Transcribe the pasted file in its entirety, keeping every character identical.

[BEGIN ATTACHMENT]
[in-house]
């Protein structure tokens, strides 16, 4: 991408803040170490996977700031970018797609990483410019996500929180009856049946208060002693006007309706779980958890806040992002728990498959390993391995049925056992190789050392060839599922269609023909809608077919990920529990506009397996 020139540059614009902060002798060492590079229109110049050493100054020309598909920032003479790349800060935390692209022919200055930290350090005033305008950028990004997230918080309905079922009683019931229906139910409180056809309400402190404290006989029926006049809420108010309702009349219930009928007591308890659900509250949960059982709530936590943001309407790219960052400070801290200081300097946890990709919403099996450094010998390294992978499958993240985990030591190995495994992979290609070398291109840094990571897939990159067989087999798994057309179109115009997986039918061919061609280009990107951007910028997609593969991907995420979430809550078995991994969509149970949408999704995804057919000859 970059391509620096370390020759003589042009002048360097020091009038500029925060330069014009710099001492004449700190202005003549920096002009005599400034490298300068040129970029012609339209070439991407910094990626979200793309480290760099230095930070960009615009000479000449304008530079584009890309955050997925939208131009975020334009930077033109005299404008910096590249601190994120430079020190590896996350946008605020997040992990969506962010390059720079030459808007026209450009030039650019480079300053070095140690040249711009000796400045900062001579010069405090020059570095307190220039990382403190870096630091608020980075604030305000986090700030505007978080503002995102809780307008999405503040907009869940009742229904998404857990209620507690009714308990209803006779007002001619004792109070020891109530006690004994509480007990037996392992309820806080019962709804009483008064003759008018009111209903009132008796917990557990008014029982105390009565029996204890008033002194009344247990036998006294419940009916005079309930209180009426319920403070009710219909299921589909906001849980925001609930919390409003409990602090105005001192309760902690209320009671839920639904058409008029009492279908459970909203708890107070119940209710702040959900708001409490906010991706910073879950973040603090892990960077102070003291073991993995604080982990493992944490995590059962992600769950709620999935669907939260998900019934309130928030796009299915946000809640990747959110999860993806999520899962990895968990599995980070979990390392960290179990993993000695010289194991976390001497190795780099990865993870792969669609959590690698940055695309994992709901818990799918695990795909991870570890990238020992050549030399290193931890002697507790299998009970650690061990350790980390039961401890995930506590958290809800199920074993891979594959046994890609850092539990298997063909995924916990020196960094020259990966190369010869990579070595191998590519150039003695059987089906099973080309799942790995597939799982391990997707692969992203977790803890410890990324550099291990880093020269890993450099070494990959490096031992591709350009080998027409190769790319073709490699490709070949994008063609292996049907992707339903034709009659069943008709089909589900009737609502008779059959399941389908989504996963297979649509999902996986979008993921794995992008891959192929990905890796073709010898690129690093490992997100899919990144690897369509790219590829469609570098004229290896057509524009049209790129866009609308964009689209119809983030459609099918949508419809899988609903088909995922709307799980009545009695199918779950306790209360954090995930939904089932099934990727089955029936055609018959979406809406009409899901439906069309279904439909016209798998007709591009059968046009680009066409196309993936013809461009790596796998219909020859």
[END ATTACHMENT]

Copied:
[in-house]
């Protein structure tokens, strides 16, 4: 991408803040170490996977700031970018797609990483410019996500929180009856049946208060002693006007309706779980958890806040992002728990498959390993391995049925056992190789050392060839599922269609023909809608077919990920529990506009397996 020139540059614009902060002798060492590079229109110049050493100054020309598909920032003479790349800060935390692209022919200055930290350090005033305008950028990004997230918080309905079922009683019931229906139910409180056809309400402190404290006989029926006049809420108010309702009349219930009928007591308890659900509250949960059982709530936590943001309407790219960052400070801290200081300097946890990709919403099996450094010998390294992978499958993240985990030591190995495994992979290609070398291109840094990571897939990159067989087999798994057309179109115009997986039918061919061609280009990107951007910028997609593969991907995420979430809550078995991994969509149970949408999704995804057919000859 970059391509620096370390020759003589042009002048360097020091009038500029925060330069014009710099001492004449700190202005003549920096002009005599400034490298300068040129970029012609339209070439991407910094990626979200793309480290760099230095930070960009615009000479000449304008530079584009890309955050997925939208131009975020334009930077033109005299404008910096590249601190994120430079020190590896996350946008605020997040992990969506962010390059720079030459808007026209450009030039650019480079300053070095140690040249711009000796400045900062001579010069405090020059570095307190220039990382403190870096630091608020980075604030305000986090700030505007978080503002995102809780307008999405503040907009869940009742229904998404857990209620507690009714308990209803006779007002001619004792109070020891109530006690004994509480007990037996392992309820806080019962709804009483008064003759008018009111209903009132008796917990557990008014029982105390009565029996204890008033002194009344247990036998006294419940009916005079309930209180009426319920403070009710219909299921589909906001849980925001609930919390409003409990602090105005001192309760902690209320009671839920639904058409008029009492279908459970909203708890107070119940209710702040959900708001409490906010991706910073879950973040603090892990960077102070003291073991993995604080982990493992944490995590059962992600769950709620999935669907939260998900019934309130928030796009299915946000809640990747959110999860993806999520899962990895968990599995980070979990390392960290179990993993000695010289194991976390001497190795780099990865993870792969669609959590690698940055695309994992709901818990799918695990795909991870570890990238020992050549030399290193931890002697507790299998009970650690061990350790980390039961401890995930506590958290809800199920074993891979594959046994890609850092539990298997063909995924916990020196960094020259990966190369010869990579070595191998590519150039003695059987089906099973080309799942790995597939799982391990997707692969992203977790803890410890990324550099291990880093020269890993450099070494990959490096031992591709350009080998027409190769790319073709490699490709070949994008063609292996049907992707339903034709009659069943008709089909589900009737609502008779059959399941389908989504996963297979649509999902996986979008993921794995992008891959192929990905890796073709010898690129690093490992997100899919990144690897369509790219590829469609570098004229290896057509524009049209790129866009609308964009689209119809983030459609099918949508419809899988609903088909995922709307799980009545009695199918779950306790209360954090995930939904089932099934990727089955029936055609018959979406809406009409899901439906069309279904439909016209798998007709591009059968046009680009066409196309993936013809461009790596796998219909020859």